Ghana wants neutral venue for Egypt World Cup playoff

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Ghana wants a neutral venue for next month's crucial World Cup playoff against Egypt, saying it's too dangerous to play the game in Cairo.

In a letter to FIFA published on its website, the Ghana Football Association said the match should be moved to a “safe and secure” venue.

“Our request is premised on the alarming and fast deteriorating security situation in Egypt,” Ghana officials wrote.

At least 51 people were killed in riots in Cairo last weekend linked to the ousting of elected state president Mohammed Mursi.

The GFA said some of its players expressed “grave concern over their safety for the match.”

“Much as we sympathize with our brothers at the Egyptian Football Association, we are highly concerned about the security and safety of our players, officials and supporters and would like FIFA to take the necessary steps to protect lives from both Ghana and Egypt during the second-leg game,” the letter stated.

FIFA said on Tuesday it received Ghana's request and would monitor the security situation before making a decision.

Egypt is scheduled to host Ghana in Cairo on Nov. 19 in the second leg to decide which team advances to next year's tournament in Brazil. The first leg is next Tuesday in Kumasi.

The GFA said Egyptian authorities have barred spectators from football matches for the past two years, including World Cup qualifiers against Mozambique, Zimbabwe and Guinea.

The first two qualifiers were in Alexandria because FIFA banned Egypt from playing in the capital after violence at a 2010 World Cup playoff.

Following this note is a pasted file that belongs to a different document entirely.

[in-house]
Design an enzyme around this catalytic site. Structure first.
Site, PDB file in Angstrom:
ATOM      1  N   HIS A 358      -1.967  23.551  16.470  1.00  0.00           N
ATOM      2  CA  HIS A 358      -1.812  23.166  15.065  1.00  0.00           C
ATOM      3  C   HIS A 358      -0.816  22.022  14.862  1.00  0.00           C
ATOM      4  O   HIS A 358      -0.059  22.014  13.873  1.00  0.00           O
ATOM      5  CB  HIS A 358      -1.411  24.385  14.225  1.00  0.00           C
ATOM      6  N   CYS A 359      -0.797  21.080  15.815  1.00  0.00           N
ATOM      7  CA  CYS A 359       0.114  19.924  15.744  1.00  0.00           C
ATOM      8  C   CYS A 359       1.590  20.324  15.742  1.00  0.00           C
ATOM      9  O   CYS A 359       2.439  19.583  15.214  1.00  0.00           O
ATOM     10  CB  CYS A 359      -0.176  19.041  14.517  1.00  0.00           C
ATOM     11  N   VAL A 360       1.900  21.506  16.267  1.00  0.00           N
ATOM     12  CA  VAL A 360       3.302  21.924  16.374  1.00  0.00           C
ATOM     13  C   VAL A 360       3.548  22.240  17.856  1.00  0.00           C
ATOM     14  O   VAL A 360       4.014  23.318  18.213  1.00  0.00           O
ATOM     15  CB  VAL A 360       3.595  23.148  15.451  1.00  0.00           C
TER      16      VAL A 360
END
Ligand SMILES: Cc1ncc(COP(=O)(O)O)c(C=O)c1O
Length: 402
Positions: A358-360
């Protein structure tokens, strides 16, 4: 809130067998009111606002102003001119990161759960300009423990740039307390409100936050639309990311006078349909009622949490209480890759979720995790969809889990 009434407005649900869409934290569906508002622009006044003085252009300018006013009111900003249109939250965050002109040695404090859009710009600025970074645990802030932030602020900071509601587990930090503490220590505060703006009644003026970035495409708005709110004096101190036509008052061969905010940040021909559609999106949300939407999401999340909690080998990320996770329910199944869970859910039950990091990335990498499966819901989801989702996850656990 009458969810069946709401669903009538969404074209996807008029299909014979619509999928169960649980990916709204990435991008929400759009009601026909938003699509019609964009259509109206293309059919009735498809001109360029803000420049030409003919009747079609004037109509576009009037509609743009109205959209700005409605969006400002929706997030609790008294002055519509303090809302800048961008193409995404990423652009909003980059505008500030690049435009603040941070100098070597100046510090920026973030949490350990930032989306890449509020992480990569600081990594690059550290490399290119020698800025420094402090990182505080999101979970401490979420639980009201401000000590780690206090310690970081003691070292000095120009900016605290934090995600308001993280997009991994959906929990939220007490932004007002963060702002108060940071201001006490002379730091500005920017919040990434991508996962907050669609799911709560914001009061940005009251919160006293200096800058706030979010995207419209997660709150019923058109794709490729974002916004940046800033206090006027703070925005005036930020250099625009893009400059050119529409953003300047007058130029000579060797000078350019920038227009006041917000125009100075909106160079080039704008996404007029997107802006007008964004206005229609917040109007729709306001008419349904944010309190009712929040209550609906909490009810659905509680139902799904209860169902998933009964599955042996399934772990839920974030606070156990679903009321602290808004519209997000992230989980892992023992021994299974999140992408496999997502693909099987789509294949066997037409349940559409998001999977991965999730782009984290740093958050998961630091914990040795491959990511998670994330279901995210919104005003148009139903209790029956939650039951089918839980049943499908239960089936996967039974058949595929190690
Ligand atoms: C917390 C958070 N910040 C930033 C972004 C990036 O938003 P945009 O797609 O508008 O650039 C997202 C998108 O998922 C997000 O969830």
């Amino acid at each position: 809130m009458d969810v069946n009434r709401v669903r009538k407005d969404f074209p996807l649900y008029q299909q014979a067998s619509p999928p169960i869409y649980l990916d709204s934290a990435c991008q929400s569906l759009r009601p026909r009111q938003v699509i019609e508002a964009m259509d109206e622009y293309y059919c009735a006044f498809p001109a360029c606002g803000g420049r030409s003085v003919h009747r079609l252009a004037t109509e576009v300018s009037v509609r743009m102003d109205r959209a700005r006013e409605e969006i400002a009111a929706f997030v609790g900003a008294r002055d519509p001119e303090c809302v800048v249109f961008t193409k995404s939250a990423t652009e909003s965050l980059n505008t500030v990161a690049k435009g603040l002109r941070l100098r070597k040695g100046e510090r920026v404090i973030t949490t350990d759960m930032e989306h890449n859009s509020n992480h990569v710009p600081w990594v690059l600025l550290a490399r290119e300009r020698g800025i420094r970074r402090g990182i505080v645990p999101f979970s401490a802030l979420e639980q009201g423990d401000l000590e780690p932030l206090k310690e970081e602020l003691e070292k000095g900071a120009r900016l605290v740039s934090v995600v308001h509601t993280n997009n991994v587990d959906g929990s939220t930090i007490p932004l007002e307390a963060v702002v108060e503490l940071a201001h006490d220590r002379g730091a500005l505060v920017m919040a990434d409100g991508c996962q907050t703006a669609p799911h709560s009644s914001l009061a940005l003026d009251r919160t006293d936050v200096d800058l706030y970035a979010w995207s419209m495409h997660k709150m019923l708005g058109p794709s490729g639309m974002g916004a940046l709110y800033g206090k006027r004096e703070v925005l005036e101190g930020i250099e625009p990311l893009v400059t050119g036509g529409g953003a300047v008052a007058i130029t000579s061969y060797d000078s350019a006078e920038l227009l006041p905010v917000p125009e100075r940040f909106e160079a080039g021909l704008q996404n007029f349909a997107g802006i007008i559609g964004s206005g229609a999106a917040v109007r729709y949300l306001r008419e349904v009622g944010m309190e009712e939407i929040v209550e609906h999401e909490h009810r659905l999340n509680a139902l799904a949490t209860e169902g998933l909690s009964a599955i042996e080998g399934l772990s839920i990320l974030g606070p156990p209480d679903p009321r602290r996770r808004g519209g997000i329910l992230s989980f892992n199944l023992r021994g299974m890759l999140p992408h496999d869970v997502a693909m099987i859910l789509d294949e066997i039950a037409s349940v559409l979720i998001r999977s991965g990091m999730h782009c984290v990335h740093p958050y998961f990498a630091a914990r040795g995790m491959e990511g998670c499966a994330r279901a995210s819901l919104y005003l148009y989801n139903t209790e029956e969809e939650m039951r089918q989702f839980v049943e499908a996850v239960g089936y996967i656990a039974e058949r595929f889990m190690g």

Four years ago, Algeria's team bus was attacked by fans hurling rocks on the journey between the airport and a hotel in Cairo.

FIFA's disciplinary committee said the Egypt FA “failed to take all the necessary security precautions to ensure the safety of the Algerian delegation.” It also fined the Egypt FA 100,000 Swiss francs (then $88,000).

Egypt's World Cup qualifying campaign has been a success despite being buffeted by the political turmoil in the country.

The playoff draw last month paired Egypt with powerful Ghana, which reached the quarterfinals at the 2010 World Cup when it beat the U.S. in the round of 16.

Now, FIFA could be forced by security risks to deny Egypt and its fans the chance to see the match on home ground.

“Events in the country pointedly indicate that our delegation could be exposed to danger as the violence and insecurity in the country continues relentlessly,” the Ghana letter said.

If FIFA grants the request, Egypt would be the second of 10 African playoff teams denied a home match.

Senegal will play its home second leg against Ivory Coast in Casablanca, Morocco, on Nov. 16. Last October, rioting at the stadium in Dakar when the same two teams met in an Africa Cup of Nations qualifier forced the match to be abandoned.

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